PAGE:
Cardiorespiratory endurance exercise bout
The heart rate reserve (HRR) method is used to calculate CRE exercise study visit intensity. Specifically, the CRE bout is 30 minutes of walking at 60% - 70% HRR on a motor-driven treadmill. The 30-minute bout is preceded by five minutes and followed by two minutes of treadmill walking at a pace self-selected by the study participant. This two-minute cool-down occurs after the POST blood sample is collected from the participant. During the walking bout, HR is monitored to ensure the bout is within the target HR zone (60%-70% HRR). RPE is collected using the 6-20 Borg Scale.
Resistance exercise bout
The RE bout is approximately 30 minutes at 70% of estimated 1RM on eight stacked-weight machines (leg press, leg extension, leg curl, weighted calf raise, chest press, lateral pull down, seated row, and triceps extension). Participants perform three sets of 8- 12 repetitions, with an approximate 30 seconds of rest between sets. All sets at one station are completed before the participant moves to the next station. As with the CRE bout, the bout is preceded by a five minute warm-up walk on the treadmill, and followed by a two minute cool-down walk. Both paces are self-selected by the participant, and the POST blood sample is collected prior to the cool-down.
Blood samples are collected pre-exercise (PRE), post-exercise (POST), and 1hr recovery (RECOV). Sodium heparinized whole blood is used for cell counts, flow cytometry, and LPS stimulation. Serum is separated and stored at -80°C for batch analyses of inflammatory cytokines and acute phase proteins, and biomarkers of metabolism. The main planned variables to be studied in this project are circulating classical (CD14+CD16-) and pro-inflammatory (CD14+CD16+) monocyte percentages, monocyte function, and T-cell subsets.
Heart rate variability
Participants are fitted with a Polar heart rate monitor (Polar V800) and then lay down for five minutes. After this five-minute rest, data is collected for ten minutes while the participant is laying supine. HRV is collected at visit one and after each exercise bout. The post-exercise bout HRV measurement is collected approximately 30 minutes after the end of exercise. R-R intervals will be analyzed with kubios HRV Analysis Software v.1.1 (Biomedical Signal Analysis Group, University of Kuopio, Finland).
Recruitment will be targeted based on the two age groups and physical activity status. Flyers and recruitment tables will be set up at locations to target physically active participants (fitness facilities, fitness clubs, sports clubs, etc.) and physically inactive participants (general health fairs). The older adult group will also be recruited from local senior centers, senior health fairs, and adult education classes. The young adult group will also be recruited from the student body at the University of Houston. Enrollment is anticipated to take two years.
Discontinuing or modifying the protocol
Participation is voluntary, and at any time the participant may request to not continue the study at no consequence to them. The participant may be removed from the study or data analyses upon reporting of new information that changes their responses to the inclusion/exclusion criteria (i.e. reporting of new medication or change in health status, etc.). If the participant is unable to complete the exercise bout at the prescribed intensity, the intensity may be reduced 2-5% so that the participant can complete the bout. Modifications outside this plan will be reported to the institutional review board.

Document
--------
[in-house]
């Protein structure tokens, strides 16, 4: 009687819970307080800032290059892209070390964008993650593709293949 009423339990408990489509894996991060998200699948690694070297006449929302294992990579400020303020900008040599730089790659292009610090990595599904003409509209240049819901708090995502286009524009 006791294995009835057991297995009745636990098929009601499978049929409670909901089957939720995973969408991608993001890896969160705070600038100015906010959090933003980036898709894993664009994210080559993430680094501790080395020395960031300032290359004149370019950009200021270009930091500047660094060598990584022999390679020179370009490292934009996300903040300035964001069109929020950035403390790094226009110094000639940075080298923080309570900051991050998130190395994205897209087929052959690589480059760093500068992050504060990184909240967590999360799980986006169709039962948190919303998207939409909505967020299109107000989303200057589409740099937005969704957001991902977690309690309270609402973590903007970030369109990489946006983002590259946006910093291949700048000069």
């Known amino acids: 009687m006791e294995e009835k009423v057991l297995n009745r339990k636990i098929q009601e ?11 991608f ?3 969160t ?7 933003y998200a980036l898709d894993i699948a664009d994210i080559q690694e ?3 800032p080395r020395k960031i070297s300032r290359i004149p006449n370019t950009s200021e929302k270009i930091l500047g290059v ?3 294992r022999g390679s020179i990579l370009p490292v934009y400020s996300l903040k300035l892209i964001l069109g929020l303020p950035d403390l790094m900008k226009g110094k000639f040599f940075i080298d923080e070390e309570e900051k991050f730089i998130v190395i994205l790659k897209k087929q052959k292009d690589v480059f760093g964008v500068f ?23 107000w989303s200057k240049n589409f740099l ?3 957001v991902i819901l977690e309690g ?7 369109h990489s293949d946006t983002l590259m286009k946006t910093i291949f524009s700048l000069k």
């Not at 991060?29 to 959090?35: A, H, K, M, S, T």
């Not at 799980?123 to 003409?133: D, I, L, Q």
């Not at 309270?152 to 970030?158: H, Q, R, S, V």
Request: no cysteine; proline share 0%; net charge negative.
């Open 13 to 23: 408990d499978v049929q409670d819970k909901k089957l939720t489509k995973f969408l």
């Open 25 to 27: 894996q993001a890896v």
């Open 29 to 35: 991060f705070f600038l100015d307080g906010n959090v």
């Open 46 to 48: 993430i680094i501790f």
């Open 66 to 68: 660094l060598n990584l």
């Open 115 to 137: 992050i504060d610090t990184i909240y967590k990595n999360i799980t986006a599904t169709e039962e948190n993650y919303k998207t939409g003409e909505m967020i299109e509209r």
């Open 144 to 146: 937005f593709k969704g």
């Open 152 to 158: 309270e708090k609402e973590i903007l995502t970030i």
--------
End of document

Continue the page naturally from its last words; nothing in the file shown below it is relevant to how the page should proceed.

Data analyses plan
For each outcome, we will fit a mixed effects model on the three factors and their interactions. Baseline values will act as a covariate, and the intercept in the change-from-baseline model will be tested to assess post-exercise effects within each physical activity status group and mode of exercise. Prior to model fitting, data will be transformed to improve model fit (i.e., normality, constant within-group variance). As only two time points will be included in the model, no adjustment for autocovariance will be possible. Contrasts will be used to compare individual timepoints across the three factors. Since testing will be done acutely, we assume that data missingness will be rare, largely due to problems with measurement or sample collection, and thus ignorable. Statistical significance will be declared for p-values less than 0.05. Tukey Honest Significant Difference testing will be used to adjust alpha levels to control the Type I error rate. Covariates such as sex will be included in the model if they improve model fit without overfitting the data. If enough p-values fall below the Bonferroni-adjusted level to achieve no more than a 0.05 error rate, results may be reported with only adjusted p-values.
Sample size and power calculation
Sample size calculations were carried out based on expected differences within inflammatory monocytes (delta = 4.4, SD = 3.7), our primary variable. Values related to variability were suggested by previous studies on these same outcomes(2, 10).
To ensure equal distribution of CRE or RE bout first, eight independently generated randomization schedules were generated by the project biostatistician for the four groups (young physically active, young physically inactive, older physically active, older physically inactive, each stratified by sex). The biostatistician is not involved with recruitment or enrollment, and has no contact with the participants. A sequentially numbered list was kept, and as a participant is enrolled in the study and meets all study inclusion and exclusion criteria they are given the exercise bout assignment in order on the list. The co-investigator who consented the participant will assign the intervention, and there is no blinding.
Data storage and monitoring
Data entry will be performed by a member of the research team. A second member of the team will spot-check the data entry. Range checks will be conducted on every variable prior to statistical analyses. Biochemical assays will be performed in duplicate. All data is referenced by participant code. Data is stored on a password-protected university computer and server. Hard copies of data are stored in a locked cabinet in the Laboratory of Integrated Physiology. The informed consent is the only document with the participant’s name, and is stored in a separate cabinet. De-identified datasets may be uploaded to public databases and/or available by request to the PI. Scientific manuscripts will be used to disseminate the study results. Participants may request a copy of their DEXA results for personal informational use.
A data monitoring committee was not formed for this study. The exercise interventions in this protocol are well-established to be safe and recommended (“standard of care”) for the study population. The novelty of the protocol is in the study outcome variables, not the intervention. Any adverse event will be reported to the Institutional Review Board at the University of Houston. The investigators do not plan any formal audit, but the sponsor may randomly audit the study.